Matt S: When you say that the game is “narrative-led”, what kind of deeper themes are you driving at with this game? The press release drops the word “existential” which, as a fan of Sartre and Camus, always gets my attention, but what do you want people to take away from their time with the game?
George B: I’ve always been afraid of death. I don’t mean to sound edgy, but I think that anyone who claims otherwise is lying to themselves. We all are, it’s biologically hard-coded into us. There is a lot of my thoughts and questions in Woodsalt, but we try not to be too heavy-handed with it and let the themes sort of speak for themselves. There’s a lot of questions and frustrations I have with our current world that are in the game such as how everything has become two-sided these days. There is no debate or discussion, it’s just us VS them. I also love talking about what could possibly exist with currently known physics such as parallel universes and time dilation.

I’m also borderline obsessed with the idea of consciousness and the point where a “thing” becomes a “being”. My favourite author is Phillip K Dick and I adore how he holds machines with the same reverence that he holds people. It’s a thought that plays on my mind a lot.

Matt S: Tapping into nostalgia is a difficult challenge – on the one hand, you want the game to be faithful to the classics, but on the other, in many ways game development has moved forward for the better and player expectations have shifted in kind. Was it a challenge to balance old and new with Woodsalt?
George B: Honestly I can’t tell people if the game is great or not, that’s down to the individual and I’m not going to blow smoke up anyone’s backside by saying it’s “the return of the 90’s JRPG!” because it’s not. All we did was allow our love for the genre guide us. We didn’t try to replicate anything (aside from the chibi art-style, perhaps) and just did our own thing with our own sense of humour and dark twists and turns. You can go into Woodsalt with the knowledge that you’re going to see the inspiration, but it’s its own thing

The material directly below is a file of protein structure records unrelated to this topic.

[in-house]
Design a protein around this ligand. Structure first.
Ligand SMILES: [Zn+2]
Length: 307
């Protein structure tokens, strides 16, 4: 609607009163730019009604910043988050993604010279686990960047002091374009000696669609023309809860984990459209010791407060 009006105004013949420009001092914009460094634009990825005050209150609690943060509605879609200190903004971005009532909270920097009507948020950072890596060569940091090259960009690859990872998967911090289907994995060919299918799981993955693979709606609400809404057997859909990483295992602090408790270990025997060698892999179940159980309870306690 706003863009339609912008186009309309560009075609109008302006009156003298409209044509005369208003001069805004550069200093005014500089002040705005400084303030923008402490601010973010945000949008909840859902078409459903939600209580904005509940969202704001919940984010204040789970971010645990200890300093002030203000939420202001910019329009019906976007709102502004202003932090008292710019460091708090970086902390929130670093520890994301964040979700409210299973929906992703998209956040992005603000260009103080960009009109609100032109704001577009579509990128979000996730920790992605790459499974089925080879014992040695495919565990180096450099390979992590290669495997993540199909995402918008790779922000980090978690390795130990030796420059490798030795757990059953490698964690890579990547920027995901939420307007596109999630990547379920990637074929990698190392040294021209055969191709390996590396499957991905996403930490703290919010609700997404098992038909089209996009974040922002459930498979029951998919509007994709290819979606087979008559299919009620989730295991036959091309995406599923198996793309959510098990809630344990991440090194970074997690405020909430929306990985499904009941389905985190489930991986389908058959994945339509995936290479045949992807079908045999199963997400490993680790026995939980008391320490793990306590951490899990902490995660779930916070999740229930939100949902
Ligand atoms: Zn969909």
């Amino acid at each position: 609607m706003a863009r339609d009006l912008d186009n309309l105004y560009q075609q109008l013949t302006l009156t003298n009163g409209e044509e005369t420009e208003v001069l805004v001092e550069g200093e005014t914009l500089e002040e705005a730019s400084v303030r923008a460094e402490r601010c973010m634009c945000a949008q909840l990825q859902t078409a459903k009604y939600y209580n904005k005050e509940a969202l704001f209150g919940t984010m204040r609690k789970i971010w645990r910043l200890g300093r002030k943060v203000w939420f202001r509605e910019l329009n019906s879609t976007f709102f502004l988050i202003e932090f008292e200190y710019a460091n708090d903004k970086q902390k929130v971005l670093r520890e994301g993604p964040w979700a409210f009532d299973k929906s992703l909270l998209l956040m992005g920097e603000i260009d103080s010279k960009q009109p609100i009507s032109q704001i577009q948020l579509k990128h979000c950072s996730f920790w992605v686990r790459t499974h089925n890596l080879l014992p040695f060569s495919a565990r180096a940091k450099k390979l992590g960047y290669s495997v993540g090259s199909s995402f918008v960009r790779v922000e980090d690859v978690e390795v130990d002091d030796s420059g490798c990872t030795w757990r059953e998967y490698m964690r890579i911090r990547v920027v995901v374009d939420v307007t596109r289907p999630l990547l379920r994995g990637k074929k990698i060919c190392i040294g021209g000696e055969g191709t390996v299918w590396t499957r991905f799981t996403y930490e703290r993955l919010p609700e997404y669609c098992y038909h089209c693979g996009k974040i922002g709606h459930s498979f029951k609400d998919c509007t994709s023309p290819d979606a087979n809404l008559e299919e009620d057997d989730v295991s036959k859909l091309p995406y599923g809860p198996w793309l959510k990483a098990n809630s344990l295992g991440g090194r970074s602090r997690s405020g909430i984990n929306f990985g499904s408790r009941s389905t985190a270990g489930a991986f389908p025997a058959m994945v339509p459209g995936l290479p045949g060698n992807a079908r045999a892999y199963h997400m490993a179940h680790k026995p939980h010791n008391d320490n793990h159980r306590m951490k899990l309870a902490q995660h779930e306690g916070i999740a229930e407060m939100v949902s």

I say this often to the point my PR team wants to slap me, but basically, I looked at Persona 4 and said: “let’s do this but without the combat and dungeons”.

Matt S: Finally, what does success look like for this game – obviously sales are important, but beyond that, when the feedback and player response comes back, what are you hoping for with this game?
George B: Team Woodsalt is made up of some really talented and passionate people. I want to do right by them and provide them with a stable career working on something they believe in. I want to change this industry to get rid of crunch times and treating your staff poorly. I want to create a FULL JRPG and a Souls-esque game. We have about seven stories for the Woodsalt universe all interconnected.

I just want to make people proud and do right by my people, man.

– Matt S. 
Find me on Twitter: @mattsainsb

This is the bio under which all legacy articles are published (as in the 12,000-odd, before we moved to the new Website and platform). This is not a member of the DDNet Team. Please see the article's text for byline attribution.